Pheasant breasts

Discussion in 'Cookery' started by Grownup_Rafbrat, Dec 4, 2009.

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  1. Grownup_Rafbrat

    Grownup_Rafbrat LE Book Reviewer Good Egg (charities)

    OK, I've treated myself to a couple of these from the local farm shop. I'm thinking of casseroling them with some red wine, chicken stock, mushrooms and carrots, and scoffing with roast potatoes, sprouts and cauliflower. Starting with onions and garlic as a base for the casserole, of course.

    Any have any better suggestions for them, and any idea whether adding a few raisins to the casserole will improve the dish?

  2. Yes just sit and stare at them and give them the occasional cheeky fondle
  3. Sorry I thought they were pleasant breasts
  4. mysteron

    mysteron LE Book Reviewer

    I suggest that rather than boil the beejezus out of them, slice thinly, fry with some garlic and fresh thyme and then use the juices while the meat is resting to make a jus using a healthy dose of red wine to deglaze the pan.

    Serve with posh chips (wedges done in the oven with a light sprinkling of chilli flakes and generoulsy seasoned) and oven roasted veg.

    Quicker, more tasty and you get the benefit of being able to eat the meat without chewing for half an hour each time you take a bite.

    Edited: Indeed - my shout is a refined version of this: Click me, Click me, oooooooooo just there baby.

    Edited second time for mong typing.
  5. Fronty

    Fronty Old-Salt Book Reviewer

    You _could_ casserole them, or you could obtain some roquefort and walnuts, stuff the breasts with a mix of the two and crushed garlic, then wrap with proscuto/parma ham and grill until lovely and tender, but with crispy ham on top.

    Of course, you would need to serve this with al dente sugar snap peas, asparagus and a baked sweet potato fr the full effect, and might I suggest robust and full bodied red to accompany? Maybe something from the New World?
  6. Jeeze my mouth is watering. Whats for breakfast in the morning? Oh, rice again. Bugger.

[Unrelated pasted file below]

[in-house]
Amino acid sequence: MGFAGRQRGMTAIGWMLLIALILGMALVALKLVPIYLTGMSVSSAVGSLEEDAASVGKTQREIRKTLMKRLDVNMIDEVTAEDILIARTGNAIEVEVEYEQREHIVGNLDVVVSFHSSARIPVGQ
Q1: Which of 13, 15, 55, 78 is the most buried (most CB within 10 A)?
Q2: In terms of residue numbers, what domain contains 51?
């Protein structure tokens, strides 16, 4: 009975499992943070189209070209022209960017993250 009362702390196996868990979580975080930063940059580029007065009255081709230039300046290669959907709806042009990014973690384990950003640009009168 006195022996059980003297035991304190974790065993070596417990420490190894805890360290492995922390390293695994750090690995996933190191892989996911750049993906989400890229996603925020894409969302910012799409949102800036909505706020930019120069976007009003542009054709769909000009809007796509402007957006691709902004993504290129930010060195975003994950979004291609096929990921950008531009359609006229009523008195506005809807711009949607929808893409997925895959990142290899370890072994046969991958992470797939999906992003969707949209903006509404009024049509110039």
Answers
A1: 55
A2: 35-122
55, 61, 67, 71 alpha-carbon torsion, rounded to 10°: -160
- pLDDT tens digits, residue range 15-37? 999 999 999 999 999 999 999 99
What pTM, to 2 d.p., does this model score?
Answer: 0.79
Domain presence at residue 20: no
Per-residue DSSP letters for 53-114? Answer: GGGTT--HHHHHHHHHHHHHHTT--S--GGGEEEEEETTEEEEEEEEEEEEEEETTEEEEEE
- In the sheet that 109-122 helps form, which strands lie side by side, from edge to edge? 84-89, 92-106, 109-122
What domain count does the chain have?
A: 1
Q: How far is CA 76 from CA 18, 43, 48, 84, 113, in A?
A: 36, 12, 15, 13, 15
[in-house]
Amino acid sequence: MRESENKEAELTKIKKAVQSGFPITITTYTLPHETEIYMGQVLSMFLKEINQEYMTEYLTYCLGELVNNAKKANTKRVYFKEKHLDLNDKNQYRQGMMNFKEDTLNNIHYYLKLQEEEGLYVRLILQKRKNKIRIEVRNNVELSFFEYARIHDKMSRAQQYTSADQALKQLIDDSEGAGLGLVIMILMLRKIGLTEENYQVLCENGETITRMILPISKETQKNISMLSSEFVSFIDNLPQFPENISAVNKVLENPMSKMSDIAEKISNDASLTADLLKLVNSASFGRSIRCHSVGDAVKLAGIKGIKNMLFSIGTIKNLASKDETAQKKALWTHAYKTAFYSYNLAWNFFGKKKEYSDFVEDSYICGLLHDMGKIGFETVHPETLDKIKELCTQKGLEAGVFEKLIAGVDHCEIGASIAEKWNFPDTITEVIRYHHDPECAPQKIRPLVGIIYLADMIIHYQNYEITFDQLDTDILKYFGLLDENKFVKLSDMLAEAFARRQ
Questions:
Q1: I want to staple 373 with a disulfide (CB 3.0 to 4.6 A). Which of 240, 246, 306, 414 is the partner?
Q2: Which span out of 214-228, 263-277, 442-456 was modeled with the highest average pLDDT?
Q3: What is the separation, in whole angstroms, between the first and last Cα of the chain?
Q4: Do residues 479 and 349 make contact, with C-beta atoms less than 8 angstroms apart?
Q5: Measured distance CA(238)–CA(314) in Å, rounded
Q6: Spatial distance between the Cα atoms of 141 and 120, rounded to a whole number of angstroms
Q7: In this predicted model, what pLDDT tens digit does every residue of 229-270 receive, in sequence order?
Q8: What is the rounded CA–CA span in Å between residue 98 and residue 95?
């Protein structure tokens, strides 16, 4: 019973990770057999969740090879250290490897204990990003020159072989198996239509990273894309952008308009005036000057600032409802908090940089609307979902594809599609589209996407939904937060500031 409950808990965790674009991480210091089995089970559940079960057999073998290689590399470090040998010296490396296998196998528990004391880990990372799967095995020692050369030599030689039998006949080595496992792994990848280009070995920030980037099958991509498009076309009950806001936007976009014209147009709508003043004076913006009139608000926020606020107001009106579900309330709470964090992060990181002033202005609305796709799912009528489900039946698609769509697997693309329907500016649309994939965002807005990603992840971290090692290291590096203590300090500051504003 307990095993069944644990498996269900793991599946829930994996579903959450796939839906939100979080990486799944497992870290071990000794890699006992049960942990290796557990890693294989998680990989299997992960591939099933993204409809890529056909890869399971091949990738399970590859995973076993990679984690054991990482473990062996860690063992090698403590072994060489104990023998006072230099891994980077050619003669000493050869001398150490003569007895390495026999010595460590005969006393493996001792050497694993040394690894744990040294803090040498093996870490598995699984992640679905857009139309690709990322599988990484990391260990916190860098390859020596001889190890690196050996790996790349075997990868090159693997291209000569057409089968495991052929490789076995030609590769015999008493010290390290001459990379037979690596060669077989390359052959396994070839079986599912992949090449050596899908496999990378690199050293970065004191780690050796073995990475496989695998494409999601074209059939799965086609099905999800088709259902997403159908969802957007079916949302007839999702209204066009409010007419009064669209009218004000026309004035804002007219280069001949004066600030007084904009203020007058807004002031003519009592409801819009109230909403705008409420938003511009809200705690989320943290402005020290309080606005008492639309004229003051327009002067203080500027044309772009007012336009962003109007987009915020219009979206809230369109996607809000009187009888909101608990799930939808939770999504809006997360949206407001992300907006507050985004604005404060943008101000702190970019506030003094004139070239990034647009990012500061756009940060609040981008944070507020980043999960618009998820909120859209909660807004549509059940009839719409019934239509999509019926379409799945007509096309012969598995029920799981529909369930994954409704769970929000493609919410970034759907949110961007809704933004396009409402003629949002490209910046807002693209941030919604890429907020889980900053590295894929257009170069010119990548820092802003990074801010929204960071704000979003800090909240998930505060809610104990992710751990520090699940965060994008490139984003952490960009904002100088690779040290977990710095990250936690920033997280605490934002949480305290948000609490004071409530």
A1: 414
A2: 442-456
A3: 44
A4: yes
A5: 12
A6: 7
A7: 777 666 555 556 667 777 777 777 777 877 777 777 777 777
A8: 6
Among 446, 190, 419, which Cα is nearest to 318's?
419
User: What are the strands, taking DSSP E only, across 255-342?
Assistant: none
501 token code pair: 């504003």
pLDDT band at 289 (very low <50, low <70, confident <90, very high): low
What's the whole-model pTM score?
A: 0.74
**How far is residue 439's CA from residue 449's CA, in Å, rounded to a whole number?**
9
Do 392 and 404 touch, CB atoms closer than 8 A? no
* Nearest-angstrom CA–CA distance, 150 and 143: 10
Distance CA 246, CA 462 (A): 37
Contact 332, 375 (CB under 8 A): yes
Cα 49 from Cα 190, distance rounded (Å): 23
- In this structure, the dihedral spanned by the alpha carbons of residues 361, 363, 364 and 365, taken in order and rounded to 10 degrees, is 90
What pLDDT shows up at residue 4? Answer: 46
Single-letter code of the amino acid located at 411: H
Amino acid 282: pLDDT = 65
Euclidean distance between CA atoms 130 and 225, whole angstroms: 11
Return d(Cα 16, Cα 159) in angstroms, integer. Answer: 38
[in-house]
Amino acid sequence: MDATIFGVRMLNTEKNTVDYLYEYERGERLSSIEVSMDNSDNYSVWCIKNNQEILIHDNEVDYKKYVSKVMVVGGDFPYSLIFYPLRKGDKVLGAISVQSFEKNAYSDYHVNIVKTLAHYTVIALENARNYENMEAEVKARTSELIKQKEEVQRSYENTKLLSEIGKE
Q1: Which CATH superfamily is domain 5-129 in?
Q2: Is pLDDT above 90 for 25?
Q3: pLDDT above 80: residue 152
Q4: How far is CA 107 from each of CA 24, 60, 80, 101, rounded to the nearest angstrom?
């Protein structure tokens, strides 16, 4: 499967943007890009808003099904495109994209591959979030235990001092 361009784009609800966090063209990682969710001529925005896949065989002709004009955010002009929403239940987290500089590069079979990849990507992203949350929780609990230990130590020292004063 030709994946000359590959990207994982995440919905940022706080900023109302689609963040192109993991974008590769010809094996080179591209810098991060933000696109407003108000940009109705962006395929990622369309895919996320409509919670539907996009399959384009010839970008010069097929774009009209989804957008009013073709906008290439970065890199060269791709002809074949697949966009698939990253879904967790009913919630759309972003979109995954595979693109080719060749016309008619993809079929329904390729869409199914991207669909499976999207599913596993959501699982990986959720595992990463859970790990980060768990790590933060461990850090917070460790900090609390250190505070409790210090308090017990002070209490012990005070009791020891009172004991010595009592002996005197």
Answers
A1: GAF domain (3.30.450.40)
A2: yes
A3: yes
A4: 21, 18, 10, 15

7. Grownup_Rafbrat

    Grownup_Rafbrat LE Book Reviewer Good Egg (charities)

    They sound nice, but I don't have those things in my cupboard. And have you seen the price of asparagus and sugar snap peas at this time of year!

    Nice ideas from everyone though, and thank you. I feel peckish already.
  8. Personally I would lightly fry off in butter, put to one side and rest, deglaze with red wine and add some recurrant jelly, a splash of red wine vinegar add a knob of butter too add a gloss to create your sauce.

    Serve with a mustard potato mash, Parsnip chips and seasonal veggies such as carrots, leeks and purple sprouting or calabrese.

    Have a cheeky light red wine for drinking
  9. Grownup_Rafbrat

    Grownup_Rafbrat LE Book Reviewer Good Egg (charities)

    Yum, thank you.

    Decisions, decisions!
  10. I prefer lady breasts covered in chocolate sauce.
  11. Not in season and a bugger to cook correctly I find

  12. You jest surely...they are always in season...just sometimes not once a month. Cooking is your mistake, they should just be nibbled sushi and that cold soup that you don't cook for some reason.
  13. it is that time in my house, and I will put the candles away and try them raw next time, cheers for the tip
  14. Well now I hear that some like hot candle wax dribbled on the breasts...which enhance their taste...especially if they are those flavoured candles.

    It is a terrible thing when it is that time. I fear for you I do.
  15. Gently shallow fry in butter with mushrooms, pepper and a pinch or so of paprika then, when they are nearly done, horse in some cream and let it all bubble away for a bit.

    Last time I did it (mon) I had it with rice. Lovely.

    If you like the breasts try a whole bird but see if you can get someone to bone the whole thing out. The trouble with pheasant I find is that is has exactly the same anatomy as a chicken regarding bones and the number of tendons, etc, but all crammed into a much smaller space.

    If you get it boned you can simply wrap the meat around some stuffing, tie it off, and roast the beauty.